Kia Soul EV Review
Strengths & weaknesses
The Kia Soul EV is a small electric crossover that stands out from the crowd with cute, rounded styling, yet under the skin it’s up there with the best electric family cars on sale. The current version of the Kia Soul is only available in the UK as an electric car, which is why it’s called the Soul EV (Electric Vehicle).
The Soul EV is closely related to the Hyundai Kona Electric and the Kia e-Niro, as all of these cars use the same batteries and electric motors. The Soul EV is really similar to the e-Niro in a lot of ways but one of the big criticisms with that model is its bland looks - something the Soul EV doesn’t share.
The Kia Soul EV is only available in one version, using a 64kWh battery and a 204hp electric motor. This means it’s quite fast and has a long driving range of around 280 miles on a single charge. It can charge up to 80% in about an hour and a quarter at a normal 50kWh public charge point.
It doesn’t have the incredible 350kW charging tech from the newer Kia EV6, but there’s capacity for 100kW charging, which cuts the 0-80% charge time to about an hour.
The Soul EV is a little on the expensive side, even if you’re buying a used model, but it’s a great choice if you are looking for an electric car. The interior is high quality, there’s loads of standard kit, it’s easy to drive and very comfortable.
Read on to find out more about the Kia Soul EV and see if it’s right for you. Here, we’re only looking at the 2019-on second-generation Kia Soul EV.
Should I get a Kia Soul EV?
✔ Excellent electric set-up
✔ High-quality interior with lots of tech
✔ Practical and comfortable
✘ Not everyone will like the looks
✘ Expensive to buy
✘ Interior not very stylish
The Kia Soul EV is one of the best electric family cars around, so if you like the way it looks then it makes a great buy. It’s capable of driving a long way on a single charge, is quiet inside and there’s loads of standard kit. It’s not the cheapest option but the tech you get is excellent and it’s high-quality and should be really reliable.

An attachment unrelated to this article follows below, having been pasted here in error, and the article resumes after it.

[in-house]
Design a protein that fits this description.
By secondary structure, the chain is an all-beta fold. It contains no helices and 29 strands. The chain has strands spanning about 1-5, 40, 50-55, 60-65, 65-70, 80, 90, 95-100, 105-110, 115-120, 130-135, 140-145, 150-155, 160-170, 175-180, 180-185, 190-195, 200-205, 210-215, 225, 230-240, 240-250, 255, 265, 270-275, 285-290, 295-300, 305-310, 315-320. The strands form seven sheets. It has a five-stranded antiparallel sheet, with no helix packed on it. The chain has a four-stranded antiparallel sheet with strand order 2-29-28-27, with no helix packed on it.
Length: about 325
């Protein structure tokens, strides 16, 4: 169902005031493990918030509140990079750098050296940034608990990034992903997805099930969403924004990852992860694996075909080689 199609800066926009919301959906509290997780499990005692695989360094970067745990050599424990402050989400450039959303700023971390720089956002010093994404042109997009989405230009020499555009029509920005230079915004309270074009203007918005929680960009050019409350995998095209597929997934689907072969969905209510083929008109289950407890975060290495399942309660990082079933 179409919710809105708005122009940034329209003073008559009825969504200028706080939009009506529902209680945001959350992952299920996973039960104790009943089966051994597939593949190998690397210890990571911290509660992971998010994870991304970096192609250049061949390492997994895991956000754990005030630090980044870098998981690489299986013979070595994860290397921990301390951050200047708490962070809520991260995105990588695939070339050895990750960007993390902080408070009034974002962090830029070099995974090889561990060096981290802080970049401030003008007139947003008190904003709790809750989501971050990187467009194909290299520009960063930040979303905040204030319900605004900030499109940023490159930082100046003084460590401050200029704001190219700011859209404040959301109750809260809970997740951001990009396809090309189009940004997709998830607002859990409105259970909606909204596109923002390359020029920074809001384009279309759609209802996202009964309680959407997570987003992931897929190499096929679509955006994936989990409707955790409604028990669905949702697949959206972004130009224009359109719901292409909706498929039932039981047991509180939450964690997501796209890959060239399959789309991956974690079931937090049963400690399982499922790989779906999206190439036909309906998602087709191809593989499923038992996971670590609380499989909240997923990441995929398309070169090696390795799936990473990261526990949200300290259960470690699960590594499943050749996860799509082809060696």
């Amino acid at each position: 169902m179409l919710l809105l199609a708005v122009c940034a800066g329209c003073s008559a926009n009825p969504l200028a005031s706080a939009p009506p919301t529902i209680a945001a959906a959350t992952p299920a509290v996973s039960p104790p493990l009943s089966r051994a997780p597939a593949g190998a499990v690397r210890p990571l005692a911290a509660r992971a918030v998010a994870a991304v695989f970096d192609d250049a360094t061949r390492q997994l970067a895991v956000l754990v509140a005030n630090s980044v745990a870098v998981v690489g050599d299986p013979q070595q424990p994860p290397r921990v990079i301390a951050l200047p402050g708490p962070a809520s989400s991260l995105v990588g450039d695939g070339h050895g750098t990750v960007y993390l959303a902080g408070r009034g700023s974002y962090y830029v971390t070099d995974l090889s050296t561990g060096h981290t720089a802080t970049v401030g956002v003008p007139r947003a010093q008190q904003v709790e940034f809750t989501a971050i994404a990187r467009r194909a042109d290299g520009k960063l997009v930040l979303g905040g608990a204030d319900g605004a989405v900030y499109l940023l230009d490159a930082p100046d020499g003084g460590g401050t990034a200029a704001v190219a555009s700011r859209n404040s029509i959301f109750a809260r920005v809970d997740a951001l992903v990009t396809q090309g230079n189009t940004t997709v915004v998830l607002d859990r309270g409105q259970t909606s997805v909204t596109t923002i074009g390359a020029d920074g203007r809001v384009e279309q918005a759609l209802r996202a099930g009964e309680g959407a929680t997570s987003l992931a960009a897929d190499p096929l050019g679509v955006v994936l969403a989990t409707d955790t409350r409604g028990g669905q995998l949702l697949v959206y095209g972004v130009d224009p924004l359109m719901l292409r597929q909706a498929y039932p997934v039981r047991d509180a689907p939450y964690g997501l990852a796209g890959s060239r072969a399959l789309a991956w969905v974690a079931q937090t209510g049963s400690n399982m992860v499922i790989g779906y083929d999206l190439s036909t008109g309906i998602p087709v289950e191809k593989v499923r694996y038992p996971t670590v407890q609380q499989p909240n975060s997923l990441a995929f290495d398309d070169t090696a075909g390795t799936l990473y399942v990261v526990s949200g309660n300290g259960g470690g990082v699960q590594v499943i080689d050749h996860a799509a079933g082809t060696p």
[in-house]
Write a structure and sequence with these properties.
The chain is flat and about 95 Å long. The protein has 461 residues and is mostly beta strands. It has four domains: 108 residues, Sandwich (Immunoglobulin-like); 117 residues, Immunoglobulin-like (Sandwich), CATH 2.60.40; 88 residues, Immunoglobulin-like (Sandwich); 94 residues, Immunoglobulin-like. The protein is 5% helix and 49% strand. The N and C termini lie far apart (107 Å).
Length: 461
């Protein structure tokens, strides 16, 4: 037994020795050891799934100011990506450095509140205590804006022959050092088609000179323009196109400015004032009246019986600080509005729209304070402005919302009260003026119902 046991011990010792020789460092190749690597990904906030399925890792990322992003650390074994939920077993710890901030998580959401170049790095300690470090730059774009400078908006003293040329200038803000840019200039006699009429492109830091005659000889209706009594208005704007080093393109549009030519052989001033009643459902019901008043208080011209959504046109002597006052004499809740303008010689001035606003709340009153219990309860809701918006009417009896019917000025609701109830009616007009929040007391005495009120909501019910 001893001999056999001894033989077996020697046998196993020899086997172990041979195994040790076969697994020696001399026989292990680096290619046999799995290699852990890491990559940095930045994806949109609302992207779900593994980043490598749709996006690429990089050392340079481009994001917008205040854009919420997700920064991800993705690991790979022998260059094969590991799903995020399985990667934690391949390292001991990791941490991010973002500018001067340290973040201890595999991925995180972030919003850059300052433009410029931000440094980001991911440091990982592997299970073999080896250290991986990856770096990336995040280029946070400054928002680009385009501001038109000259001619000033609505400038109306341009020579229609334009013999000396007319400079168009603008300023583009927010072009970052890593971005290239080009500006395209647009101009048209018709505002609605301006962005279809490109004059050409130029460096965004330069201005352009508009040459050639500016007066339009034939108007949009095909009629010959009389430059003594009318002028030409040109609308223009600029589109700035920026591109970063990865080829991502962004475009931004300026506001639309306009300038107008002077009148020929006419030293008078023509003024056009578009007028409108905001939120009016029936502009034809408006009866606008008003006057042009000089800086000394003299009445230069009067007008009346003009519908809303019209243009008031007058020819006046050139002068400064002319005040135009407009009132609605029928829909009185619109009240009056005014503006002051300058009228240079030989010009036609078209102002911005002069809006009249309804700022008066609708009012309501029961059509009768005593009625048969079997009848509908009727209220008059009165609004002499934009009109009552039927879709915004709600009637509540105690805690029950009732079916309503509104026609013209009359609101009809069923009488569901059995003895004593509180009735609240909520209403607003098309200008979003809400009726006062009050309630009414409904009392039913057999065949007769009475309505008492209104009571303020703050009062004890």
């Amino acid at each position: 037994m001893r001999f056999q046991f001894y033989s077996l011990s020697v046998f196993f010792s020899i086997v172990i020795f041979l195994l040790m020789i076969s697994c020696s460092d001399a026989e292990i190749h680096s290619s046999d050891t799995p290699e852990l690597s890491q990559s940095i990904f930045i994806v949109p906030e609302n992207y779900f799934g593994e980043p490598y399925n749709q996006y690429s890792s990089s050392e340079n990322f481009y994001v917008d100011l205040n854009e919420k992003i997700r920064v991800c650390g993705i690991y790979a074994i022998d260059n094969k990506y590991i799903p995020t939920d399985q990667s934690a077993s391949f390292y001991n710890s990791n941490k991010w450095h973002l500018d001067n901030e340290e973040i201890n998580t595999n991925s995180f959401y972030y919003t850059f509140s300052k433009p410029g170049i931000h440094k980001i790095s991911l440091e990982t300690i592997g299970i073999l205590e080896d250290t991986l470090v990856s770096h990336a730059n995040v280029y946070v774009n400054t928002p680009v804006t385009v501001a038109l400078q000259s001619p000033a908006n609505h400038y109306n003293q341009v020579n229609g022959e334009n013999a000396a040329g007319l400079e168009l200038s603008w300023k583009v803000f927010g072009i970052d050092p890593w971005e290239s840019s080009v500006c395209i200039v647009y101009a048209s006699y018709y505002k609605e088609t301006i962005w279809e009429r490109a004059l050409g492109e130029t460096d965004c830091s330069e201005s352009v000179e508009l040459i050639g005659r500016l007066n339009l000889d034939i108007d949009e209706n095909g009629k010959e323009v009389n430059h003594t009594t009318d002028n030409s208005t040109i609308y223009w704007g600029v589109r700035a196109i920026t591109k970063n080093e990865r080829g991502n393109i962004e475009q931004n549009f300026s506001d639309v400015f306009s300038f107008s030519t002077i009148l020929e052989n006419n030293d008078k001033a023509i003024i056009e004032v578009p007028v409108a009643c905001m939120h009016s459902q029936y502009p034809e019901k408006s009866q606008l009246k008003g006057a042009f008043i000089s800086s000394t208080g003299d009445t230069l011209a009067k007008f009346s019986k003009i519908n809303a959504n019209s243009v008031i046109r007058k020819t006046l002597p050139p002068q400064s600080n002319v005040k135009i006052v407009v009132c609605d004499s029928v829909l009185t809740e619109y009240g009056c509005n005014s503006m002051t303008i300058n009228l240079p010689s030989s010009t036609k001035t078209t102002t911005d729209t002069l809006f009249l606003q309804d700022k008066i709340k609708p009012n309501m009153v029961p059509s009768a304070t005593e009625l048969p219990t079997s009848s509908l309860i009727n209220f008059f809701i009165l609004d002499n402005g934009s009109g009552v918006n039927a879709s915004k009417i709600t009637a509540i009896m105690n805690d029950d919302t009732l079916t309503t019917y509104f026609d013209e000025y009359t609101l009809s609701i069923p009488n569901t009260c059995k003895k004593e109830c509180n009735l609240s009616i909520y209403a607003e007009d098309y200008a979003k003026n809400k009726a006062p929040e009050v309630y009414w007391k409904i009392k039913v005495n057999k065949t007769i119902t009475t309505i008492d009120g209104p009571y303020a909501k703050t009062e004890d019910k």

If you don’t love how it looks then the Kia e-Niro is a worthwhile option instead - it’s almost the same car, as it uses the same electric motor and battery, but it has more bland looks that are less likely to offend.
- Models explained
- Trim levels
- Batteries and range
- Charge time
- Best Soul EV for
- Boot space
- Should I buy used?
Kia Soul EV
The Kia Soul EV is a small SUV with a very distinctive look - it’s more eye-catching than the Kia e-Niro, despite the fact that both cars use the same 64kWh battery and 204hp electric motor. A lot of the interior is similar as well including the media system and a lot of the switchgear.
There’s a bit less room inside than the e-Niro, and the boot is also quite a bit smaller, so you will have to really like the looks to choose the Soul EV over the e-Niro. It’s still big enough to work as a family car, though, as there’s a good amount of space for passengers and the boot is fine for weekly shopping or trips to the garden centre.
|Maxx||Limited stock: There is only one trim level in the Kia Soul EV. It’s very well equipped, as it comes with 17-inch alloy wheels, LED headlights, heated seats trimmed in leather, a 10.3-inch media system, Apple CarPlay and Android Auto, and sat-nav.|
|First Edition||From £20,549: Early versions were sold in ‘First Edition’ trim, and got pretty much all the same equipment as Maxx - when buying a Kia Soul EV you can be sure that you are always getting a good amount of kit as the only versions available happen to have pretty much identical equipment.|
There’s only one motor in the Kia Soul EV. It has 204hp and is great to drive as a result - there’s loads of power from low speed and it doesn’t feel out of its depth on the motorway like some electric cars can.
There are different driving modes including Eco, Normal and Sport, so you can choose a more relaxed or a sportier setting depending on which kind of road you’re on. There are also different levels of regenerative braking when you lift off the throttle, which lets you tune the driving experience even more to your liking.
There’s only one battery available in the Soul EV, and it’s a 64kWh unit shared with the Kia e-Niro and Hyundai Kona Electric. This battery allows a range of 280 miles on a charge, which is pretty impressive, though slightly less than the Kona.
It can charge up from empty to full at a home wallbox charger in nine and a half hours, which is doable overnight, and from 0-80% in one hour and 15 minutes at a public 50kW charger. If you can find a faster 100kW charger then this cuts the time to 54 minutes, according to Kia.
The Kia Soul EV doesn’t really have a range, so while we usually list the best versions for value for money, families, performance and one to avoid in this section of our buying guides, it’s not relevant here. There’s only one version of the Kia Soul EV, the Maxx, so that’s the best version for anything by default. There’s also the First Edition if you are buying used, but since it has pretty much identical equipment, there’s essentially no difference between them. Buy the best one you can afford on mileage and service history rather than specification.